The second iteration of Skechers GOrun 2 provides a comfortable, well-fitting minimalist experience that builds upon the strengths of the first version. Designed for lightweight adaptability, the GOrun 2 is a great go-to shoe for minimalist veterans and a great “first shoe” for newcomers to the category. With a lightweight, comfortable and flexible upper, as well as a contoured and adaptive outsole, the GOrun 2 provides tactile feedback that doesn’t get in the way for a comfortable and performance-minded run. Weighing a scant 6.6 ounces, the GOrun 2 provides a responsive ride that feels like it’s barely there. And at a tempting price point, this shoe is well-positioned to fit into any minimalist runner’s rotation.

    New Balance

    Weight: Men’s 9.55 oz. | Women’s 7.65 oz.
    Category: Neutral
    Price: $110

    With the 890 V3, New Balance has made some small tweaks in all the right places — improving upon the V2 without changing what so many runners have come to love. Fit is improved by deepening the toe box, troublesome overlays were moved, and the same Revlite midsole and 8mm heel drop was maintained. Many runners will find the 890 V3 to be somewhere between a racing flat and a traditional trainer, and capable of handling tempo work as well as long runs. Our testers loved the fact that the Revlite cushioning holds up far beyond other lightweight trainers they’d worn, and that the shoe maintains a perfect blend of soft but responsive protection.


    Weight: Men’s 9.3 oz. | Women’s 7.7 oz.
    Category: Performance Stability
    Price: $175

    The Motion is Newton’s stability performance trainer designed for everyday use and faster-paced training. Characterized by four actuator lugs placed in the forefoot and a 3mm heel drop, the Motion encourages mid-foot and forefoot striking. Testers found these lugs noticeable at first, but quickly realized that they no longer felt them within half a mile of running. However, sore calves often resulted with an overly quick transition into these shoes. Testers appreciated the wide toe box and good fit, and a short break-in period was only required due to some stiffness around the heel collar that went quickly away.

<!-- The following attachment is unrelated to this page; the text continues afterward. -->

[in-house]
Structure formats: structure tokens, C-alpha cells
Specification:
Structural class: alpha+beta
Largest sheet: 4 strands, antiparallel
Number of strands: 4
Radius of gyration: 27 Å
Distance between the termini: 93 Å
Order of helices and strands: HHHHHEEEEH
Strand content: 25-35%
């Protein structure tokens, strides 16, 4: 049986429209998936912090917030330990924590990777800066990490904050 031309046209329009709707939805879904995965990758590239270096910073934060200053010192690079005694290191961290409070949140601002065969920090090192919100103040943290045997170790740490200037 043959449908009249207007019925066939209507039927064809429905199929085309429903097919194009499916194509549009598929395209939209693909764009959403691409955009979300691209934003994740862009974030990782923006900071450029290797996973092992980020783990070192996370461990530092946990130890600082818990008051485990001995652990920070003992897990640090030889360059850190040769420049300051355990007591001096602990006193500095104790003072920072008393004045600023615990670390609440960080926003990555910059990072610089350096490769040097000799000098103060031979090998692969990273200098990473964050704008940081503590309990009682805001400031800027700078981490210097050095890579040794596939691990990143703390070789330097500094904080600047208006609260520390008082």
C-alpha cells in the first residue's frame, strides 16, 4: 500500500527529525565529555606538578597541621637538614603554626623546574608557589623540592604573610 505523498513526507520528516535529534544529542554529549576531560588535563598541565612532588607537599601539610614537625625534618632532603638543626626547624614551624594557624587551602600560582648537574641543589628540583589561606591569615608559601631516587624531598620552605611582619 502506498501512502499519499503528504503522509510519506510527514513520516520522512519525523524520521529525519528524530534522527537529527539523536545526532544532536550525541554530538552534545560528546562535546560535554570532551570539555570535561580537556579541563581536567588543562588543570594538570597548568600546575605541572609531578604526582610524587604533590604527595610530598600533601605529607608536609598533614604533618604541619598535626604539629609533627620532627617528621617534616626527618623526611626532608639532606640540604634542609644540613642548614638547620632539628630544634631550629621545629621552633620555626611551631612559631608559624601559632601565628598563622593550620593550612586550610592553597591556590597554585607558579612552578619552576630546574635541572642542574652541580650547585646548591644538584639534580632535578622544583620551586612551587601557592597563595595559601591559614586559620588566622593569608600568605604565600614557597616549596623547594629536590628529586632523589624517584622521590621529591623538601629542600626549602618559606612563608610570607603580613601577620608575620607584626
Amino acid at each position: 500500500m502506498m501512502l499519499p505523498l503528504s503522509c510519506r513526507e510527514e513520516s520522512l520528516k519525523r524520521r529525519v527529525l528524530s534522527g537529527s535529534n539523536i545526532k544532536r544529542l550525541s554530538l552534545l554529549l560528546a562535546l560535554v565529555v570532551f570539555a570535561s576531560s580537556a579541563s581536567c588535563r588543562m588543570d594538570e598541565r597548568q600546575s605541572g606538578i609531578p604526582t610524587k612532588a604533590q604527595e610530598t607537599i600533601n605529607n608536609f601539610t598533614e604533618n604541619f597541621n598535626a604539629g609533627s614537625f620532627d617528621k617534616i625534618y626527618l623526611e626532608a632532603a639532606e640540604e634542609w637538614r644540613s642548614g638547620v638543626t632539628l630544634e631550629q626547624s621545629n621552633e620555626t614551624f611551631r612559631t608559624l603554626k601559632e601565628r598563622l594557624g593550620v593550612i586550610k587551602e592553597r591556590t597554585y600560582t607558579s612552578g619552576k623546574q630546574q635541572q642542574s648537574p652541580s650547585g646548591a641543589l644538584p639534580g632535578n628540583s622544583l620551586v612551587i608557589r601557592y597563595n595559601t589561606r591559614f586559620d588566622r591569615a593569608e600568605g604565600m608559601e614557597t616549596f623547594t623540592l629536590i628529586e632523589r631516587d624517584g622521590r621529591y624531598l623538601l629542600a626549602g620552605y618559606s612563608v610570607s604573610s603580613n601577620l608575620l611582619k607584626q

T2C Evo

    Weight: Men’s 8.5 oz. | Women’s 7.8 oz.
    Category: Neutral Performance
    Price: $115

    The Scott T2C Evo is a lightweight, well-balanced everyday training shoe for the performance-minded runner. The new colorway is a striking blue and yellow, and looks very fast on one’s feet. The shoe’s outsole is made of the brand’s AeroFoam technology, which provides good cushioning in a lightweight package. Wear testers found the ride to be responsive yet forgiving, with more than enough cushioning for heavier runners to use as a marathon racing flat if so desired. All around, an excellent package for a variety of runners looking for a versatile daily training shoe or long-distance road racer.

    Ruggero Loda is a passionate runner and triathlete with many years of experience in the running footwear industry. As founder of (a leading running shoe review website), he coordinated the testing and reviewing of hundreds of running shoes in the past several years.